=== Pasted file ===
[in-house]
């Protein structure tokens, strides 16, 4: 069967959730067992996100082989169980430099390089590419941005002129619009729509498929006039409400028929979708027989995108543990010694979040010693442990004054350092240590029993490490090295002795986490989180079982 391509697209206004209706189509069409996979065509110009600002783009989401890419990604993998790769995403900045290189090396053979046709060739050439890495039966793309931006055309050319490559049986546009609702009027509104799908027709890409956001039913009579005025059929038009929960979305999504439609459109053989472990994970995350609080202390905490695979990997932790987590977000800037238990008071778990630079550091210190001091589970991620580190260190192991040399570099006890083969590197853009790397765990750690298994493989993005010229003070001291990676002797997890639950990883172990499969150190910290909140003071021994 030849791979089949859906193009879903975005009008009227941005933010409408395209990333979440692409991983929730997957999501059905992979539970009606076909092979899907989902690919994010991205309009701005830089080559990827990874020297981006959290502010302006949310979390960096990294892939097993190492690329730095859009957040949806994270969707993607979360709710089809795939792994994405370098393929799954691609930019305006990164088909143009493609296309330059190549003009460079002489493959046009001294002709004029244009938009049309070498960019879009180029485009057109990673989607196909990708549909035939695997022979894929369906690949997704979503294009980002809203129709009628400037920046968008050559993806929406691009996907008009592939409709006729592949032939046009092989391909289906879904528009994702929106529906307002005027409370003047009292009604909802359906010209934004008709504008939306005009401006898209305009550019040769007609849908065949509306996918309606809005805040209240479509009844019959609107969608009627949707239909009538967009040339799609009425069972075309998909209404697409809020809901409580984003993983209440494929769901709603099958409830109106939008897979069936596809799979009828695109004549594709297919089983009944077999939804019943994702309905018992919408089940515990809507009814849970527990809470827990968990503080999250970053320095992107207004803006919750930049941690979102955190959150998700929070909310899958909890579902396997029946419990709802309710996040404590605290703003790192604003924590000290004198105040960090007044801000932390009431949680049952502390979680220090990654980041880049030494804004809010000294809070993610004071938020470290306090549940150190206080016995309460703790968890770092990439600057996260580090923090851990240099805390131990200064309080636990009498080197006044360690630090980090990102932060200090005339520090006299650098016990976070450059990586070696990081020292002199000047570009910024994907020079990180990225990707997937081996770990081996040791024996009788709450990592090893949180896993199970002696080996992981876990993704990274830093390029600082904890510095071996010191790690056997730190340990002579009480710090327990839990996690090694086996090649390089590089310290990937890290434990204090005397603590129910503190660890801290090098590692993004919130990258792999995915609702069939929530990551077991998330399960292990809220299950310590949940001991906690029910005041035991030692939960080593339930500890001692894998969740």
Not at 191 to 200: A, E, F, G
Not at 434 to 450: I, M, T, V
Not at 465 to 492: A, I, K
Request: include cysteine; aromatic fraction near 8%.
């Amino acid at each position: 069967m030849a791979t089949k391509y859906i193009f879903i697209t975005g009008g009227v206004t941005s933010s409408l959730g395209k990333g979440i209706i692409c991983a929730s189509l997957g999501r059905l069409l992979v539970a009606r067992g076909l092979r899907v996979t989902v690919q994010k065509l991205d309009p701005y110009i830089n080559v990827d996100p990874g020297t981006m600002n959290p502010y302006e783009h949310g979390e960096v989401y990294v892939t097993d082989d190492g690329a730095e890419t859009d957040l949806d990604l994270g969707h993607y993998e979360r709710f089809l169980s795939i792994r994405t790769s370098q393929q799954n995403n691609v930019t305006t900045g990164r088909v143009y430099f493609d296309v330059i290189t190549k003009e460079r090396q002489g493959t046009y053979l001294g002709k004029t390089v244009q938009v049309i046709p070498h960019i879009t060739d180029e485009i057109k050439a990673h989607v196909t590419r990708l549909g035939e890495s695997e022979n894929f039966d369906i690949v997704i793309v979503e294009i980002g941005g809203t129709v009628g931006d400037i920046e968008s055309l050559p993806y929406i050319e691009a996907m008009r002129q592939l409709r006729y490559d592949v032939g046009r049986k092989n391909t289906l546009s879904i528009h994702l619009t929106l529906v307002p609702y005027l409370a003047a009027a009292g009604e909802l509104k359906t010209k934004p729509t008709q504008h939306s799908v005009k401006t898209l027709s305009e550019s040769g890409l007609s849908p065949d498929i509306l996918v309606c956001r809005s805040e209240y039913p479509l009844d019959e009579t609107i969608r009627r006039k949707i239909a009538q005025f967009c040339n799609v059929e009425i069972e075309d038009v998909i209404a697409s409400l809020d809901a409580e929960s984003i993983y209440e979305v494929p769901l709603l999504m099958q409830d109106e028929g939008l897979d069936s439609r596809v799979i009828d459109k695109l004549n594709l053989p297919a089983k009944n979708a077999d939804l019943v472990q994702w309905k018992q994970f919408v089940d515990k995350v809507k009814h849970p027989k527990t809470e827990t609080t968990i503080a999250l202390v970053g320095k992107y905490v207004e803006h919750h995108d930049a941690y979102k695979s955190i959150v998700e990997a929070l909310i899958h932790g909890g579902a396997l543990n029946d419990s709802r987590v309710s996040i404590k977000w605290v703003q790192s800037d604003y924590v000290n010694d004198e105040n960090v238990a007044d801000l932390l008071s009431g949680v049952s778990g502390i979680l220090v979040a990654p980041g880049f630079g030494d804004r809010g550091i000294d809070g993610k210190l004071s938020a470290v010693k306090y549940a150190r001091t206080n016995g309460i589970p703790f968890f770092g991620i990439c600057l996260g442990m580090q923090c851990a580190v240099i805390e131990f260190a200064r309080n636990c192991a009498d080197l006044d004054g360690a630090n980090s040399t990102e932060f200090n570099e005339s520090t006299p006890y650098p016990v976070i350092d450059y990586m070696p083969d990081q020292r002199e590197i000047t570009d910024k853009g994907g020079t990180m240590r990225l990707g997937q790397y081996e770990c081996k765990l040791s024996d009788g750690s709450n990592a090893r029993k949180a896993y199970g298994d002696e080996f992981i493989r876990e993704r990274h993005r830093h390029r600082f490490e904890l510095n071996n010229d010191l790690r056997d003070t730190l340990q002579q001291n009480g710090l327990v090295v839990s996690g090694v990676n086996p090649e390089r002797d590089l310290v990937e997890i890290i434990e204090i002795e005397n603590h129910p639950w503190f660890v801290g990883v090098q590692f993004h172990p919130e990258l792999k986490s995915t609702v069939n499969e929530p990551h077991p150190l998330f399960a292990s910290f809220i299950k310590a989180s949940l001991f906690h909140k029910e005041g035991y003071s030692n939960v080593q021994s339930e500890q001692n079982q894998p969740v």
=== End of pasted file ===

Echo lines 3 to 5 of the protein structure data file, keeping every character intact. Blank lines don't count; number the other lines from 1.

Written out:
Not at 191 to 200: A, E, F, G
Not at 434 to 450: I, M, T, V
Not at 465 to 492: A, I, K